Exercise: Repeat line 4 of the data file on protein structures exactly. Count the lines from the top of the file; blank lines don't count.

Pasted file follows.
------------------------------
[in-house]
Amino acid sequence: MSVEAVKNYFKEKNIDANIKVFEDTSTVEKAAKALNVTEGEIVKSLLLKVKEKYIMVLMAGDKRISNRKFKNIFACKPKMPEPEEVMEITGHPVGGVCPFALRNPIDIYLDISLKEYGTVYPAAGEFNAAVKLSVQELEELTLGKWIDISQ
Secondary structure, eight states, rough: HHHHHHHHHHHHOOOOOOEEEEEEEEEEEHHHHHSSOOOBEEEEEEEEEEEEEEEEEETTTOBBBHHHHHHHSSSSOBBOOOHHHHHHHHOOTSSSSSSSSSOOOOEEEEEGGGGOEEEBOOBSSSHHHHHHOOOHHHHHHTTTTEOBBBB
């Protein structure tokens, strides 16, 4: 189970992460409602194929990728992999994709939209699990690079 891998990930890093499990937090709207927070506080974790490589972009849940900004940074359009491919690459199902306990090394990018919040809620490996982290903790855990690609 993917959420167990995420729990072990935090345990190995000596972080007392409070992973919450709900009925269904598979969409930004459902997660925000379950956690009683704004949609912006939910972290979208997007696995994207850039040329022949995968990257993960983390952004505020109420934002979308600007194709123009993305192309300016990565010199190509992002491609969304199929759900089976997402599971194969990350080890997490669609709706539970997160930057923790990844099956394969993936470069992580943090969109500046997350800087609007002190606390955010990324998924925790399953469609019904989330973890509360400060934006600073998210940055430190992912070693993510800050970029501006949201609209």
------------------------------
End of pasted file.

């Protein structure tokens, strides 16, 4: 189970992460409602194929990728992999994709939209699990690079 891998990930890093499990937090709207927070506080974790490589972009849940900004940074359009491919690459199902306990090394990018919040809620490996982290903790855990690609 993917959420167990995420729990072990935090345990190995000596972080007392409070992973919450709900009925269904598979969409930004459902997660925000379950956690009683704004949609912006939910972290979208997007696995994207850039040329022949995968990257993960983390952004505020109420934002979308600007194709123009993305192309300016990565010199190509992002491609969304199929759900089976997402599971194969990350080890997490669609709706539970997160930057923790990844099956394969993936470069992580943090969109500046997350800087609007002190606390955010990324998924925790399953469609019904989330973890509360400060934006600073998210940055430190992912070693993510800050970029501006949201609209």